Posts tagged ‘marijuana’

September 15, 2011

Marijuana Can Save Trees

The answer to worldwide deforestation is growing fields of Cannabis sativa to supply the world’s pulp for paper. Industrial strength hemp – marijuanaMarijuana – all illegal in the United States.

A Hemp Industries Association fact sheet reports that “hemp produces more pulp per acre than timber on a sustainable basis, and can be used for every quality of paper. Hemp paper manufacturing can reduce waste-water contamination (needs very little agricultural pesticides).”

“Hemp’s low lignin content reduces the need for acids used in pulping, and it’s creamy color lends itself to environmentally friendly bleaching instead of harsh chlorine compounds. Less bleaching results in less dioxin and fewer chemical by-products.”

“Hemp fiberboard produced by Washington State University was found to be twice as strong as wood-based fiberboard.”

“Hemp fiber paper resists decomposition, and does not yellow with age when an acid-free process is used. Hemp paper more than 1,500 years old has been found. It can also be recycled more times.”

The Chinese used hemp for paper as far back as 8,000 BC. Ancient documents have been retrieved that were totally hemp based. Hemp fiber has proven to withstand the destructive nature of time.

Herodotus writes that Thracians used both the wild and cultivated fiber for cloth. He marveled at the garments made from hemp and compared it to linen. He also wrote about the purification rites associated with “vapor-baths” and breathing smoldering smoke from moist hemp seed. Hemp’s by-product is tetrahydracannabinol (THC) and is a psychoactive chemical generally absorbed through the respiratory system or digestive tract with a significant effect on perception and cognitive abilities.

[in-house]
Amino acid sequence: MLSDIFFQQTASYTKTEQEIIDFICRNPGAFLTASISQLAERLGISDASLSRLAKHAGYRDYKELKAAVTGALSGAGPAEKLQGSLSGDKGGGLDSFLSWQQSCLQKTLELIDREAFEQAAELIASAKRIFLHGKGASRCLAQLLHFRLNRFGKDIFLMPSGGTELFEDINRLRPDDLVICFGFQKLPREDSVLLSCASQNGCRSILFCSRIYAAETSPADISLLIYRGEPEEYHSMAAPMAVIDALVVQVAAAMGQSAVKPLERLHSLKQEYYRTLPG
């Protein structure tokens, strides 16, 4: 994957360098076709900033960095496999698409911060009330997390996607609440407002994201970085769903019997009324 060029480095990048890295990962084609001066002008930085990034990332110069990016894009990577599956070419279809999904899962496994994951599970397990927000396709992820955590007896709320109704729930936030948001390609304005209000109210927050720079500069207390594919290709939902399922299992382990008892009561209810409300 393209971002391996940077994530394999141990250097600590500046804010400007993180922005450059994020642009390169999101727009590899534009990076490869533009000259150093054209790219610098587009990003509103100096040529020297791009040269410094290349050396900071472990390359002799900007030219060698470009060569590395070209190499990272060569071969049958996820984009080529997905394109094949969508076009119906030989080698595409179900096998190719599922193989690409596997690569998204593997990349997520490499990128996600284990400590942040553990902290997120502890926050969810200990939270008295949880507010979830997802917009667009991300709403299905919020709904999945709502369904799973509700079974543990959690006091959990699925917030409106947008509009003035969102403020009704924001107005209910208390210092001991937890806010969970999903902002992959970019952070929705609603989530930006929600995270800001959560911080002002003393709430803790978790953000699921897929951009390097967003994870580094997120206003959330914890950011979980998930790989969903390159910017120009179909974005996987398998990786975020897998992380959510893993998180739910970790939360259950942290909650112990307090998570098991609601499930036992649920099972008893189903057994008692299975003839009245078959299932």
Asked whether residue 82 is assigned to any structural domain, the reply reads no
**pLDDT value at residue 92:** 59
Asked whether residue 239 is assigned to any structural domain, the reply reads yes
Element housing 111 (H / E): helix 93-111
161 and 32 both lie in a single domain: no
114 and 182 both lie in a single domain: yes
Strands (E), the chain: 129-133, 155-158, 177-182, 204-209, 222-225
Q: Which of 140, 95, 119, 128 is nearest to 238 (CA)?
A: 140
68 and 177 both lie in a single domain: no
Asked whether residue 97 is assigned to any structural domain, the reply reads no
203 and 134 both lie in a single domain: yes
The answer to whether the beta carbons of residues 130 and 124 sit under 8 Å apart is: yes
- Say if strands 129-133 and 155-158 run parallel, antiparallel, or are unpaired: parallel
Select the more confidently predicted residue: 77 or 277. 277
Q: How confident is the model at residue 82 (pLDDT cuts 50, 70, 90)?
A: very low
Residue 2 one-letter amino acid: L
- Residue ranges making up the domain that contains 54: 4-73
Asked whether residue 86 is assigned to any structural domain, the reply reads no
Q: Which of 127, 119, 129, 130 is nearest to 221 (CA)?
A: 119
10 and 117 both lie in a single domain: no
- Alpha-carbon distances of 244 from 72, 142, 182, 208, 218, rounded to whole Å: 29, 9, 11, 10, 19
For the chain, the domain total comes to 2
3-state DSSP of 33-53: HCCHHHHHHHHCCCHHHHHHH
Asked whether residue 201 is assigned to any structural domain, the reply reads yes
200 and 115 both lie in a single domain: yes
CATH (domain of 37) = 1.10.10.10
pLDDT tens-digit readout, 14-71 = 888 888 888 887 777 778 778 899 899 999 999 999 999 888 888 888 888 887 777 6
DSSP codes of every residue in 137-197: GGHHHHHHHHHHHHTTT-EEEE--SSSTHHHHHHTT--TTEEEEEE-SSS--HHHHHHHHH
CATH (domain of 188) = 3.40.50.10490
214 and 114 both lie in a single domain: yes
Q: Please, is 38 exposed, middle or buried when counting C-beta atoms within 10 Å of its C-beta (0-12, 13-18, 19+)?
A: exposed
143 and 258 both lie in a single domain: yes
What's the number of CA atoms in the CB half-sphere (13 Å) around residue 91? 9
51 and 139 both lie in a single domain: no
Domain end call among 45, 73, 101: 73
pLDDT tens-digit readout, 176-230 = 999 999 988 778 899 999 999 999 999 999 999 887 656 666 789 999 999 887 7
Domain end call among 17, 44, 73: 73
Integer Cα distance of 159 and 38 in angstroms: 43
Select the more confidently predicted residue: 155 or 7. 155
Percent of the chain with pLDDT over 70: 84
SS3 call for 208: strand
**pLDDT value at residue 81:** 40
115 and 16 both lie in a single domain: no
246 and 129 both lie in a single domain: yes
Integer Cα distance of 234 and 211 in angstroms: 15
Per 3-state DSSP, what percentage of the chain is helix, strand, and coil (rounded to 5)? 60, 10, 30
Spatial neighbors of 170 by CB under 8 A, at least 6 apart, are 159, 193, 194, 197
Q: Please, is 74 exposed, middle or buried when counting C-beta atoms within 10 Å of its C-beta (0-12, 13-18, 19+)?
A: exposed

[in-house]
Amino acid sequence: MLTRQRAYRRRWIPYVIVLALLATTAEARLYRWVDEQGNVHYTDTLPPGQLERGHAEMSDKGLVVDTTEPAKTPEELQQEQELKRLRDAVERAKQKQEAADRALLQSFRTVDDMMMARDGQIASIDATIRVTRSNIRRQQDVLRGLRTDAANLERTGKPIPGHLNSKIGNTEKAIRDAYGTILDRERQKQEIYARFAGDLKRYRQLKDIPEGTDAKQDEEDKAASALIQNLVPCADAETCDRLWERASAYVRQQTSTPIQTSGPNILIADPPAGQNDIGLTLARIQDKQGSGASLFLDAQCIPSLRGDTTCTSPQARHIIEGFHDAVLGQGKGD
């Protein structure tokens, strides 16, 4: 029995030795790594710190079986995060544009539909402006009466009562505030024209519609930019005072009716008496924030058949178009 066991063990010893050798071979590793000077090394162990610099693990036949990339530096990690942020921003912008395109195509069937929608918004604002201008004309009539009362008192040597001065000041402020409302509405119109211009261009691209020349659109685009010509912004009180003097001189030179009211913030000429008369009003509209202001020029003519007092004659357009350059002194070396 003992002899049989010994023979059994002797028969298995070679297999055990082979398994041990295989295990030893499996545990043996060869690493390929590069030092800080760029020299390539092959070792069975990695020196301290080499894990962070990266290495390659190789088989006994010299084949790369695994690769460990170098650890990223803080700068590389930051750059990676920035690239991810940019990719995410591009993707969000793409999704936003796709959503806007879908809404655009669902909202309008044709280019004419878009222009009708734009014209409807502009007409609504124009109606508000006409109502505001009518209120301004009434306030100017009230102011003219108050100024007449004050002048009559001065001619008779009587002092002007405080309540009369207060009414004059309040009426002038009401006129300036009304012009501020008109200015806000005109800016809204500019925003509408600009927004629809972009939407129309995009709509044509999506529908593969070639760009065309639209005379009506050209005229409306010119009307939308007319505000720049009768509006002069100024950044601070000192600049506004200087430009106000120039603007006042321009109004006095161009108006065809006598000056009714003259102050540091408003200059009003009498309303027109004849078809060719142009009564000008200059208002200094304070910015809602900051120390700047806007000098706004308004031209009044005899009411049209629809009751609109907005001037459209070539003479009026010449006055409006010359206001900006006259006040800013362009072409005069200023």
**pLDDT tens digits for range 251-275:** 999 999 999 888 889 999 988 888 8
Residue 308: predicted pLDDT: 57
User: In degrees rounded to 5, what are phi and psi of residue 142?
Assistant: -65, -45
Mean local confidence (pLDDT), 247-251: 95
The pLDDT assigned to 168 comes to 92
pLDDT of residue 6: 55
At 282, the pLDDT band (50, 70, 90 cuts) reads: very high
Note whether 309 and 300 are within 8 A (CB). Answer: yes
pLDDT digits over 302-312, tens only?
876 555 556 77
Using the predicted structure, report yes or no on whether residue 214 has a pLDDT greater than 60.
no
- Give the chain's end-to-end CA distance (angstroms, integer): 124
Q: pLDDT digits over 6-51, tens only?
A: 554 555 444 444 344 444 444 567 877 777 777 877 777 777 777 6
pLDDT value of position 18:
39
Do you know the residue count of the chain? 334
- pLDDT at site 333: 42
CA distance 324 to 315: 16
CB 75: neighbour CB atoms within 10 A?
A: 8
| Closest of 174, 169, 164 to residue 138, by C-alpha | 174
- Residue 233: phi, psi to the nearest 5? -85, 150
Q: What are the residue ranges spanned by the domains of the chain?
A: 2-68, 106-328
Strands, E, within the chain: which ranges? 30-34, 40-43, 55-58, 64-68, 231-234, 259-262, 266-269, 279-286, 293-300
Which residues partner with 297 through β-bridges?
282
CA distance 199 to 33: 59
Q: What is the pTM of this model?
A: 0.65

Thomas Jefferson and George Washington were advocates of Cannabis fiber and recommended their fellow countrymen to use the plant for lamp oil and fabric for uniforms and clothing. Jefferson found its cloth a rival to cotton, at much less cost and he used it to clothe his farm hands. George Washington was said to be more familiar with the plant as a drug.
It does seem that hemp is making a comeback almost everywhere except the United States. Canada has made experimental hemp cultivation a policy. China is a leading country in the production of hemp and hemp products. South Africa is growing hemp, New Zealand is growing hemp, Switzerland is growing hemp, and on and on. Projects in Kentucky and California were politically strangled, and hemp cultivation in the U.S. is a long time in coming, if ever.

In summary, the hemp movement feels that hemp fiber is more durable than wood and can be recycled more frequently than tree fiber. Hemp produces a highly nutritious seed crop that can be of comparable value to the fiber crop. Agriculturally grown hemp would fit well with natural forests and tree plantations.

…or would it?

To read the full story go to

April 16, 2011

Poisoned Pot

two devotees of cannabis let their hair do the talking

True "Pot Heads"

The following should not surprise you. I’m not sure I believe this but I pass it along to those of you who want to check it out. Beware of the trojan horse poison pot.

written by Bob Frezno
We pot and hash smokers are part of a loose alliance of like-minded people with alot more in common than our affinity for the herb. We are fundamentally different from those that would never deign to try something that was prohibited by society. We are explorers, free thinkers and we are under attack.